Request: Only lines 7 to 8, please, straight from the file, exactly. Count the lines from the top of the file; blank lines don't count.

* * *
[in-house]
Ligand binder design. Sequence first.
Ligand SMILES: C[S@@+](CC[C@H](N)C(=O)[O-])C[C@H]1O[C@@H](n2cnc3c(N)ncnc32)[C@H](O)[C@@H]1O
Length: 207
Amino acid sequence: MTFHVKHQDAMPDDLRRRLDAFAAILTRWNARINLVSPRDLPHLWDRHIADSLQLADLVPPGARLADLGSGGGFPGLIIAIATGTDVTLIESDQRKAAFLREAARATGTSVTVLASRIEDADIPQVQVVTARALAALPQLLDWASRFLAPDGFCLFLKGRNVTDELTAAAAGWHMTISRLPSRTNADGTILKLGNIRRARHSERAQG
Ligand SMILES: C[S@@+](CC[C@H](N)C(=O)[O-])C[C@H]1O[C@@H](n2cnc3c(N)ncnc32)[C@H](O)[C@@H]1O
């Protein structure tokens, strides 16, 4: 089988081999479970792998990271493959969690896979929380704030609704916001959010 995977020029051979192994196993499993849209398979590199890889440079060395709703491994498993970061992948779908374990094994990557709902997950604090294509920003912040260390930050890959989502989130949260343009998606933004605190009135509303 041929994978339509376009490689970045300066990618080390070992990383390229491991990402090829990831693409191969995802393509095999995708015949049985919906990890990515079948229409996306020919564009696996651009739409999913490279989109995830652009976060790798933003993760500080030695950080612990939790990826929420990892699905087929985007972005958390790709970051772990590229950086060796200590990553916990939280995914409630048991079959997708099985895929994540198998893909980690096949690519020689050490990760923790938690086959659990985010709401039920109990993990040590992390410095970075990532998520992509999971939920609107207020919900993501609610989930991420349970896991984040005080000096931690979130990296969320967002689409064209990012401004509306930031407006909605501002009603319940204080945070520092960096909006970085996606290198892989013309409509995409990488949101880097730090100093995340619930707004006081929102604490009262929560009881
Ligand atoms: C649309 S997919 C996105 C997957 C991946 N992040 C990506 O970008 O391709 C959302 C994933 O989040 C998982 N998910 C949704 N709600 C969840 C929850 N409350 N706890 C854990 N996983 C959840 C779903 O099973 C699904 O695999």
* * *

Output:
């Protein structure tokens, strides 16, 4: 089988081999479970792998990271493959969690896979929380704030609704916001959010 995977020029051979192994196993499993849209398979590199890889440079060395709703491994498993970061992948779908374990094994990557709902997950604090294509920003912040260390930050890959989502989130949260343009998606933004605190009135509303 041929994978339509376009490689970045300066990618080390070992990383390229491991990402090829990831693409191969995802393509095999995708015949049985919906990890990515079948229409996306020919564009696996651009739409999913490279989109995830652009976060790798933003993760500080030695950080612990939790990826929420990892699905087929985007972005958390790709970051772990590229950086060796200590990553916990939280995914409630048991079959997708099985895929994540198998893909980690096949690519020689050490990760923790938690086959659990985010709401039920109990993990040590992390410095970075990532998520992509999971939920609107207020919900993501609610989930991420349970896991984040005080000096931690979130990296969320967002689409064209990012401004509306930031407006909605501002009603319940204080945070520092960096909006970085996606290198892989013309409509995409990488949101880097730090100093995340619930707004006081929102604490009262929560009881
Ligand atoms: C649309 S997919 C996105 C997957 C991946 N992040 C990506 O970008 O391709 C959302 C994933 O989040 C998982 N998910 C949704 N709600 C969840 C929850 N409350 N706890 C854990 N996983 C959840 C779903 O099973 C699904 O695999």